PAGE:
And let’s not even get into the myth of the deadbeat black father!

    Now, to the previous post concerning colorism – on an episode of THE STEVE HARVEY PROJECT, a couple they sent out on a date came back to do the post-date interview. Steve asked the guy if he found the woman attractive. The guy said he, after all, being a fitness model, the lady had a nice body, plus, “She’s light-skinned.” He added that being dark-skinned himself, he preferred light-skinned women. I better note before I forget that the girl wasn’t all that “light.” Lighter than him, yeah. But she was darker than Steve, even assuming for bad lighting. I always thought “light-skin” was a description reserved for blacks with yellow or pale-brown complexion, with pale-brown being limit on the darker end of the scale. The woman looked more reddish-brown to me, not “light-skinned.”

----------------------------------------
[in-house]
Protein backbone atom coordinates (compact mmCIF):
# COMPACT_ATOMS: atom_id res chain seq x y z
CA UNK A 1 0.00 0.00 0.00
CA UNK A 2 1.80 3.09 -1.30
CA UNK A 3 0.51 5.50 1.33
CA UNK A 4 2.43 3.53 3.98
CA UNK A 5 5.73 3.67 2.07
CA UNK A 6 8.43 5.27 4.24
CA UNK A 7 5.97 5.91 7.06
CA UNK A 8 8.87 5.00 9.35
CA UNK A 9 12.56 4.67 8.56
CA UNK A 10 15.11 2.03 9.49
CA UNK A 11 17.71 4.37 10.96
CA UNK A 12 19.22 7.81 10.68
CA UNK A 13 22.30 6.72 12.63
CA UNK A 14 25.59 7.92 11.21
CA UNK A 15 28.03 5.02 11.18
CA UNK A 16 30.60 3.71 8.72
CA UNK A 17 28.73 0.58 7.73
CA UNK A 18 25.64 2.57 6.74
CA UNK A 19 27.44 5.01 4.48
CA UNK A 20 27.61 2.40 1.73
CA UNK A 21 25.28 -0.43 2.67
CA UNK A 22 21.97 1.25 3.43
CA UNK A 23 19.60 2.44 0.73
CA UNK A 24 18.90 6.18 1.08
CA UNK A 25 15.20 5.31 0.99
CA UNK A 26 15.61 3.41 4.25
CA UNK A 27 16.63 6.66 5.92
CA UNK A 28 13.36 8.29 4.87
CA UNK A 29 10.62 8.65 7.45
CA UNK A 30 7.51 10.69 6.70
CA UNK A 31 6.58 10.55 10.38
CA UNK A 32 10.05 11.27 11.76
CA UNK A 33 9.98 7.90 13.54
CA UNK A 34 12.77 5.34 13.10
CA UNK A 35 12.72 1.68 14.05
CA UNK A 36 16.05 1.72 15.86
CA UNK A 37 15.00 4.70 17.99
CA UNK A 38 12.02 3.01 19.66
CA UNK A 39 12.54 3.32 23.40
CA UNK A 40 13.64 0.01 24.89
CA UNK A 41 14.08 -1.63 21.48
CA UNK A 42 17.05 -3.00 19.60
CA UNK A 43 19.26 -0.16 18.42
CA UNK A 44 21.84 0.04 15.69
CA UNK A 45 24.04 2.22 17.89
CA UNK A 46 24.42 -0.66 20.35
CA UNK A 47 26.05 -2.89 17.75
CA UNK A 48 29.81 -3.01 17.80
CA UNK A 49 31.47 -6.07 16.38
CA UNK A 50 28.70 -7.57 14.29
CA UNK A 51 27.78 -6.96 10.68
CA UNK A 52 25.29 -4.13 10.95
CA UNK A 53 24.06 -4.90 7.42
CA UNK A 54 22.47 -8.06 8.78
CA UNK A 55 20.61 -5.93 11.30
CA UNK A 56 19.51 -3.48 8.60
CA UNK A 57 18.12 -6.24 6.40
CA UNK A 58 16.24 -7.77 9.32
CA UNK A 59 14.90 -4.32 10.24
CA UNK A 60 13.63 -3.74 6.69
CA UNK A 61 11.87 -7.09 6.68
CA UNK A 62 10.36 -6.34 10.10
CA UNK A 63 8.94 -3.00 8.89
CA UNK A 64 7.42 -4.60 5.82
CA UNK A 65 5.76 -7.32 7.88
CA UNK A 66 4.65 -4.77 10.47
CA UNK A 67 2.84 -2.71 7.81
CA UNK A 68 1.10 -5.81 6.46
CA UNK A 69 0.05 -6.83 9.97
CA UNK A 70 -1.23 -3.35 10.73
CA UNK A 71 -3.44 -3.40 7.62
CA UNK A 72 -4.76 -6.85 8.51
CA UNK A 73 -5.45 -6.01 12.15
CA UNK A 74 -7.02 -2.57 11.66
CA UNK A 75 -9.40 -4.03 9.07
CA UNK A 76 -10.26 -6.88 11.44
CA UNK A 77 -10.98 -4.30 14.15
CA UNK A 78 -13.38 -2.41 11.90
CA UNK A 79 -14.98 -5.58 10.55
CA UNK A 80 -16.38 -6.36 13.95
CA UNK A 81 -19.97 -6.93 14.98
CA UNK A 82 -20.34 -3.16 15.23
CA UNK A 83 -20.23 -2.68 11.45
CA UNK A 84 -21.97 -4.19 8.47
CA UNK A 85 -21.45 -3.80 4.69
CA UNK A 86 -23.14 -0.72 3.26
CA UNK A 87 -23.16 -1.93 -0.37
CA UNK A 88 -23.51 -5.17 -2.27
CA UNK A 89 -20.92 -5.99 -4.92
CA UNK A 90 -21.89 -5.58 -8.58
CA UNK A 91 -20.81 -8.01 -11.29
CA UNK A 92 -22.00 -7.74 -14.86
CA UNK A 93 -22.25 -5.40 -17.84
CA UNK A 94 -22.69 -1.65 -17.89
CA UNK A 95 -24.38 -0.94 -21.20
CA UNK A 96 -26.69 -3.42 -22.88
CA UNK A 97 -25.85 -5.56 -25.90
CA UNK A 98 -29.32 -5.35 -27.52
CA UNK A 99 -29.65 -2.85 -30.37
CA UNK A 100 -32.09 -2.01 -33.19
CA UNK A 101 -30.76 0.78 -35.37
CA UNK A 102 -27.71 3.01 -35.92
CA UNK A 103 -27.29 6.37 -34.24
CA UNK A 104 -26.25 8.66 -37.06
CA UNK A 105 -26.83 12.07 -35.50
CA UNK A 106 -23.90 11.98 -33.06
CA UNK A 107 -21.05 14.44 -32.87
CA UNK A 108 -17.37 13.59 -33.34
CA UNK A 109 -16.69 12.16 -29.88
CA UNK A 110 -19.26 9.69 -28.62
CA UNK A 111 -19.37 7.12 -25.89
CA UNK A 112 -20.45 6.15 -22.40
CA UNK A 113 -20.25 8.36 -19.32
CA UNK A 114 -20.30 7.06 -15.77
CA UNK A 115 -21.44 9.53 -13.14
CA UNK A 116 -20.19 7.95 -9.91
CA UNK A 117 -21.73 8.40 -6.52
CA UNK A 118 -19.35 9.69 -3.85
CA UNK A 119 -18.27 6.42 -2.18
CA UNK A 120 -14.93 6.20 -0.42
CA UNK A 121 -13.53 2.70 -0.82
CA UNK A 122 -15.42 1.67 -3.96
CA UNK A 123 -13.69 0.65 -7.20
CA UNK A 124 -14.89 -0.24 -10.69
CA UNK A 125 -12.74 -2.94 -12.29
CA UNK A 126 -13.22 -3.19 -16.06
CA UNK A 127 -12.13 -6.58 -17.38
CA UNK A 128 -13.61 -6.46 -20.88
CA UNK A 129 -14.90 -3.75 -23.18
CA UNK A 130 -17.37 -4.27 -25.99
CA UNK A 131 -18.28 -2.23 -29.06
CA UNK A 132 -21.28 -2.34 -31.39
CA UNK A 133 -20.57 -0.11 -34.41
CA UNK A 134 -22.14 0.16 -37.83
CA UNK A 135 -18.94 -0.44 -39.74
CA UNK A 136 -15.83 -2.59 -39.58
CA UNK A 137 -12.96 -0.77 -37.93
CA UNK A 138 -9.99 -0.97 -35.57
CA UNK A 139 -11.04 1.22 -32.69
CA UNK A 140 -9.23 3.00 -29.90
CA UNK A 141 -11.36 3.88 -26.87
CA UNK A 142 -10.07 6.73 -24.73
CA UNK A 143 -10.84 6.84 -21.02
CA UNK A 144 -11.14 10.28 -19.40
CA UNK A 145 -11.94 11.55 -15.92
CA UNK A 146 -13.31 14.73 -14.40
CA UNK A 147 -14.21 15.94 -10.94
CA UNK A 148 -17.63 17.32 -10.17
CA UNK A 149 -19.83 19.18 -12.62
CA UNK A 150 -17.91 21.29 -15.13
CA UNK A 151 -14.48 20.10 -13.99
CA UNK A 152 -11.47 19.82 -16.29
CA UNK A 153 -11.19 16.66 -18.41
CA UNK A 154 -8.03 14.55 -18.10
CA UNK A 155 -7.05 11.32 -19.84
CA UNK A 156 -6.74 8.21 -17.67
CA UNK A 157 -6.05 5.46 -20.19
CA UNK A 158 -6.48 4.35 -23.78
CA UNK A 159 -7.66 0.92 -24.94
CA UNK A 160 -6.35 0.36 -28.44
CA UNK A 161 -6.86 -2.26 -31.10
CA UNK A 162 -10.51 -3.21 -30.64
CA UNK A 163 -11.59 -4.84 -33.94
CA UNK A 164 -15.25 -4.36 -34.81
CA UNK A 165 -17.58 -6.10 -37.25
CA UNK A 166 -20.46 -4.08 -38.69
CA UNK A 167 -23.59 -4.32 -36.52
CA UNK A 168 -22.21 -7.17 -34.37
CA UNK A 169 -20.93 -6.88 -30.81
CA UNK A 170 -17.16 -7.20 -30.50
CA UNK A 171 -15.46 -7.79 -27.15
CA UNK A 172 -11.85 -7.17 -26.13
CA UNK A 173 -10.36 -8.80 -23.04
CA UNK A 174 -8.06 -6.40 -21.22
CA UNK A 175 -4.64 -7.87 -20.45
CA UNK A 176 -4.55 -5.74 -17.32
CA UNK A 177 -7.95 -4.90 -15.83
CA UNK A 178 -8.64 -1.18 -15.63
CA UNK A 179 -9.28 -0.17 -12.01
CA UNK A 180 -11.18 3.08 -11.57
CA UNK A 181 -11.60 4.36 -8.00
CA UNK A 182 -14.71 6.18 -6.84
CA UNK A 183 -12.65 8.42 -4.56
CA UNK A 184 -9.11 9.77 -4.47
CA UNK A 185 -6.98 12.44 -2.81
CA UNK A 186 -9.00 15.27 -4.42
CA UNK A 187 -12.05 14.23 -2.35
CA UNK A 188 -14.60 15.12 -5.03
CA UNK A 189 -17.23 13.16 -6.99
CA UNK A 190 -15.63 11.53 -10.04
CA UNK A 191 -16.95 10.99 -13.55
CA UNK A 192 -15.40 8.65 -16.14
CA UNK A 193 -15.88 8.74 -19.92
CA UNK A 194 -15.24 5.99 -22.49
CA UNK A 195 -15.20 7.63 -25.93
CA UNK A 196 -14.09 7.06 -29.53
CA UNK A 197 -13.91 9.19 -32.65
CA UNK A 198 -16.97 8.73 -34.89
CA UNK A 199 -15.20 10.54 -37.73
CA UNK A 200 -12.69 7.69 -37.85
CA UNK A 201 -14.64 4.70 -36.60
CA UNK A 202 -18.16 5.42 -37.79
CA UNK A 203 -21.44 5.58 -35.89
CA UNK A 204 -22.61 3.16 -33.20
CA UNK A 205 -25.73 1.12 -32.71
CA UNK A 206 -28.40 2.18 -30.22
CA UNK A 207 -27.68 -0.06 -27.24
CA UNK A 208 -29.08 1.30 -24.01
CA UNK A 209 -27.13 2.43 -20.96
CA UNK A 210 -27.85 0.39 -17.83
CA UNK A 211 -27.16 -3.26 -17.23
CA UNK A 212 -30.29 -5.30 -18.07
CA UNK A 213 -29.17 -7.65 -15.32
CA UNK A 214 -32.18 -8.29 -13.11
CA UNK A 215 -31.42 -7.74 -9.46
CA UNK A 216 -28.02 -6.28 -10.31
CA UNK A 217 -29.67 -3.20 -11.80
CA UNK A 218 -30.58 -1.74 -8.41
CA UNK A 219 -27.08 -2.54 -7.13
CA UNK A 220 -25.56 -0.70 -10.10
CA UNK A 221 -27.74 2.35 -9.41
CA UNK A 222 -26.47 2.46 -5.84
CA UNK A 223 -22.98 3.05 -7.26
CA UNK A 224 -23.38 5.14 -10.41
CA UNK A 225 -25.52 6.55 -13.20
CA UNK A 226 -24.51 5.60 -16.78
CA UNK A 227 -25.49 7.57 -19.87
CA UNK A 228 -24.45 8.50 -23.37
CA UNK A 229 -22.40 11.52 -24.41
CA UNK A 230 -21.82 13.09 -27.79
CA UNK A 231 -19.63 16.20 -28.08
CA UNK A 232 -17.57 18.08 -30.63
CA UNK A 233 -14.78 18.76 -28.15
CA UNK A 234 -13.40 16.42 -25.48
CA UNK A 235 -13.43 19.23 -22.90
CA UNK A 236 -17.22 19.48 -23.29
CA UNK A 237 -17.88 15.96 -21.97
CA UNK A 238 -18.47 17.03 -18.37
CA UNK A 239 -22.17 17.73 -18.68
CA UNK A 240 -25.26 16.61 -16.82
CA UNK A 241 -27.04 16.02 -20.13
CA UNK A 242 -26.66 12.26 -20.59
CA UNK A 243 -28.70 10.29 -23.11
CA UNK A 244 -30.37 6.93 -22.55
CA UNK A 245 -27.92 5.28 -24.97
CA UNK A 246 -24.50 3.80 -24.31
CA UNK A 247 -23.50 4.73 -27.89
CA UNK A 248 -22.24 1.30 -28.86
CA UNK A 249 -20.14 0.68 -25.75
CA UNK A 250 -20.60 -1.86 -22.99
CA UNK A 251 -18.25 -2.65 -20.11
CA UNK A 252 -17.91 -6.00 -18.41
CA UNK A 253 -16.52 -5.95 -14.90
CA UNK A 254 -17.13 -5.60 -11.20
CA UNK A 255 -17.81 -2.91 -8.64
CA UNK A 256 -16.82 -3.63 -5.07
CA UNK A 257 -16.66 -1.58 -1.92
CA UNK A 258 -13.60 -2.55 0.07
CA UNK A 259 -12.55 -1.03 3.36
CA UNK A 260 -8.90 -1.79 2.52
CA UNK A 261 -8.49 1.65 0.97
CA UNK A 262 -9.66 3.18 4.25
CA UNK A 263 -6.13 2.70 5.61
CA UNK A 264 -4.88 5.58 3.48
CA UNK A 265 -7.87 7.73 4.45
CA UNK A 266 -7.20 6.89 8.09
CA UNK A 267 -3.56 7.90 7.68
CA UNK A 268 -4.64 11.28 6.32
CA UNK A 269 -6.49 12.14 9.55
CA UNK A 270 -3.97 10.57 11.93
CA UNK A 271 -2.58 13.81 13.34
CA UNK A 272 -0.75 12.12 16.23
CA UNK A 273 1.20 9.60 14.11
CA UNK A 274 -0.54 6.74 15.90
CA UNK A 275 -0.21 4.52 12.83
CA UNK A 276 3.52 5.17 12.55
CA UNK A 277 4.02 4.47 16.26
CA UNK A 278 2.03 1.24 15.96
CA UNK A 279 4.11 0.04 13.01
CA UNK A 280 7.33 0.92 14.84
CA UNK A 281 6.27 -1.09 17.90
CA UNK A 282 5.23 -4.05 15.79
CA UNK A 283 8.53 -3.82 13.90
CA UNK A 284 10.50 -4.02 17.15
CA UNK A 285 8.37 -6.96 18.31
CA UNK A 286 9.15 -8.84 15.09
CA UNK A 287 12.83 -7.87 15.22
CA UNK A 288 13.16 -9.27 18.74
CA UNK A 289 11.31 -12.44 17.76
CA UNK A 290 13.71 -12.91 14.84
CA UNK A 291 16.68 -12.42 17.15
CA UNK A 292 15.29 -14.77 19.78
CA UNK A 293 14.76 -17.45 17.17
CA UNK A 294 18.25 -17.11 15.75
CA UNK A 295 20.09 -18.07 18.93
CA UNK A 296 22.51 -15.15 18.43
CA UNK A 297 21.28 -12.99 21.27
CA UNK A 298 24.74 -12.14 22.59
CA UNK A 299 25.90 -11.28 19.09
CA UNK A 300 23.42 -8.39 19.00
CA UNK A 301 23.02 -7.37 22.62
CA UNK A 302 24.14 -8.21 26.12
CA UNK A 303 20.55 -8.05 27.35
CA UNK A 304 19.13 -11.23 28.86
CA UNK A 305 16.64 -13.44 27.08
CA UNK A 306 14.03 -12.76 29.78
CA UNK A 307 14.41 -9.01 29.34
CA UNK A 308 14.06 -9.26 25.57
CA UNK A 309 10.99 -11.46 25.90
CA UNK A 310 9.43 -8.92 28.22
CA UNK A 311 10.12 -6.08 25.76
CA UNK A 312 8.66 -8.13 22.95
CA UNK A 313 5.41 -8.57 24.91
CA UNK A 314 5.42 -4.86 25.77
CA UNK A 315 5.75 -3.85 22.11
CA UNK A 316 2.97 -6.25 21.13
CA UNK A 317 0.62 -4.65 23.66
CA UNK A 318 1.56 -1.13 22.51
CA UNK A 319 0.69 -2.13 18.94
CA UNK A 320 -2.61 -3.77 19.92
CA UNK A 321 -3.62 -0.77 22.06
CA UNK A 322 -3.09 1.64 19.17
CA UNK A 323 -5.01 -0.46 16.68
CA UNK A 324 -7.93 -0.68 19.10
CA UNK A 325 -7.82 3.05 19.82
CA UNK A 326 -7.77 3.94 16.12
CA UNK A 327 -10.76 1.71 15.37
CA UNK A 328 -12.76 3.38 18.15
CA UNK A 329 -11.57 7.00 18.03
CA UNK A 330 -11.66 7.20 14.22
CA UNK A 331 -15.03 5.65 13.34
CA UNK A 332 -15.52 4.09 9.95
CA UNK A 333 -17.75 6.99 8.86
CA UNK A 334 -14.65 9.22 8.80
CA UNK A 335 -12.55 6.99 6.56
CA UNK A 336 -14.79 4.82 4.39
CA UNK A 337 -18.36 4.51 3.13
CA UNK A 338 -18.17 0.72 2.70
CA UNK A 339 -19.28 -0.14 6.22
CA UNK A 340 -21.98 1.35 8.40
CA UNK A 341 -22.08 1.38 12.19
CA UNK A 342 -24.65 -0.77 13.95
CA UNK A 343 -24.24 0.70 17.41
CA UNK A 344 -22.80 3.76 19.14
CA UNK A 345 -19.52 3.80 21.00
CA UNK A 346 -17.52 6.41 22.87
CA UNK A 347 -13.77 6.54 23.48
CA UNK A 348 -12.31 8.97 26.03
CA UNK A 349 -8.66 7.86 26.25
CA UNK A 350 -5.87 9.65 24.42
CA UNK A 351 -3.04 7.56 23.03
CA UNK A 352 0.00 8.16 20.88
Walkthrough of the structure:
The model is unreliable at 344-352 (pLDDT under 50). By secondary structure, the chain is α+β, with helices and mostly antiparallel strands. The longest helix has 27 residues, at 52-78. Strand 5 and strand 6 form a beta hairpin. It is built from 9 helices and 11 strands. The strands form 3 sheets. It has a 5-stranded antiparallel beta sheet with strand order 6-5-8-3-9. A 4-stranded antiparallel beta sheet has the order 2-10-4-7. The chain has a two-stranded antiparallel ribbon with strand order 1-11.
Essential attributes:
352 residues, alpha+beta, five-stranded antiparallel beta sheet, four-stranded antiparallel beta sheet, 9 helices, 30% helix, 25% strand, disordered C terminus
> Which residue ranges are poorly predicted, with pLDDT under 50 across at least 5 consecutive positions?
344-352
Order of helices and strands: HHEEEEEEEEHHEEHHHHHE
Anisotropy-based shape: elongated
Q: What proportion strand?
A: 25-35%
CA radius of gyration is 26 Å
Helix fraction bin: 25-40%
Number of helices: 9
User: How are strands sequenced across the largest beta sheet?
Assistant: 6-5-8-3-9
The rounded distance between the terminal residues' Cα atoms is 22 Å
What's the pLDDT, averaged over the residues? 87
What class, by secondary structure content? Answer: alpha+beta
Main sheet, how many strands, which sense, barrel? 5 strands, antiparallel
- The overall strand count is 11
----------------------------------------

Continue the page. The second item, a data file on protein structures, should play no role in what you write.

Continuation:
But anyway, the guy had to add the addendum about his own dark complexion because both Steve and his date looked at him funny. (I think even Shirley, Carla, and Nephew Tommy made some audible mumblings in the background. I can’t remember. They were off-screen.) That two, or at least one, light-skinned people rebuked his light-skin preference – that’s a good sign, right? Or at the very least, it’s interesting! I heard the comment, saw the reaction, and immediately thought of you. They had a good date, but I’m 90% positive old dude’s light-skin preference will keep him from getting another.

  2. phelonn